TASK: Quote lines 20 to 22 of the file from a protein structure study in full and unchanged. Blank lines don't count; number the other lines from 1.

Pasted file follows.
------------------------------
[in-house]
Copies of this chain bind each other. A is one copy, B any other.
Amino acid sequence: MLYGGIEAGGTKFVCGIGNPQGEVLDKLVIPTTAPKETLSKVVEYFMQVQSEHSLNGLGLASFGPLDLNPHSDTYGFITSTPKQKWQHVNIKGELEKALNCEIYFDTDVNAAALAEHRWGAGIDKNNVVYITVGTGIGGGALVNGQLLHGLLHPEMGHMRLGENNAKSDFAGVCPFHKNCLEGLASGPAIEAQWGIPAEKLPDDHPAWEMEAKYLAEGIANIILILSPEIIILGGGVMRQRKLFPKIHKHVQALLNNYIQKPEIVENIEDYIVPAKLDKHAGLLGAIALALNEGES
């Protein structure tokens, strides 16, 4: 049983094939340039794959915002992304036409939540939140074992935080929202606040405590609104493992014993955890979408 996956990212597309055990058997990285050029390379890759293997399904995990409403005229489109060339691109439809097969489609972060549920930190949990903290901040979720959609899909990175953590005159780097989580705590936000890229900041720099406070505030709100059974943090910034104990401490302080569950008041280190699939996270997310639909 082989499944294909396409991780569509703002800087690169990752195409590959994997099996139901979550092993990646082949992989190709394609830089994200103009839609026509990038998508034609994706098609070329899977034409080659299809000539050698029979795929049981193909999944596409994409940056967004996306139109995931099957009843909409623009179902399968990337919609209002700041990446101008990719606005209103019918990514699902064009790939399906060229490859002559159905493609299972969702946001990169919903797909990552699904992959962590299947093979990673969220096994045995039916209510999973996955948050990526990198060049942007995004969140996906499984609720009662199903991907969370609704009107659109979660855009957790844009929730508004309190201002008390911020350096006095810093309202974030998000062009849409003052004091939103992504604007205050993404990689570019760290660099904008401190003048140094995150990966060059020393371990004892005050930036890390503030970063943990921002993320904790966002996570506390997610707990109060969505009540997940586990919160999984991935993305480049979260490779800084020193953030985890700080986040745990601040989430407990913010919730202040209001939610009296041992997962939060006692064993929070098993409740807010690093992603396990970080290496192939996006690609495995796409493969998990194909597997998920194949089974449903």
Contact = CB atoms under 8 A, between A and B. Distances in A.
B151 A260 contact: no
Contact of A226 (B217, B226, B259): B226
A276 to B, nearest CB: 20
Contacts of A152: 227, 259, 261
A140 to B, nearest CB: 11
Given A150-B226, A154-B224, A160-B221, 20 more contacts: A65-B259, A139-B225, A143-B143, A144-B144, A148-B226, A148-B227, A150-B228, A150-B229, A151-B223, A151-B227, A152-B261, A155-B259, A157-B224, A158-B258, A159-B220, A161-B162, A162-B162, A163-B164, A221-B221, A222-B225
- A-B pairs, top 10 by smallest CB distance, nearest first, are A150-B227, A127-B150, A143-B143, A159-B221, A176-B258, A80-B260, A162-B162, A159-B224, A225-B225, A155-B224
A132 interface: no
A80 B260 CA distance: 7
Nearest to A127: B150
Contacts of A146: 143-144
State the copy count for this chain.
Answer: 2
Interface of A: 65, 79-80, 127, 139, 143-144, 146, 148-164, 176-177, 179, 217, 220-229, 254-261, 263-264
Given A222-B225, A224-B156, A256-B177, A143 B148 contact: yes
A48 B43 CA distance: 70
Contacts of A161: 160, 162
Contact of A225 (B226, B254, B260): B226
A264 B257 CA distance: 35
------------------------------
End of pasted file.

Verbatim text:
Given A222-B225, A224-B156, A256-B177, A143 B148 contact: yes
A48 B43 CA distance: 70
Contacts of A161: 160, 162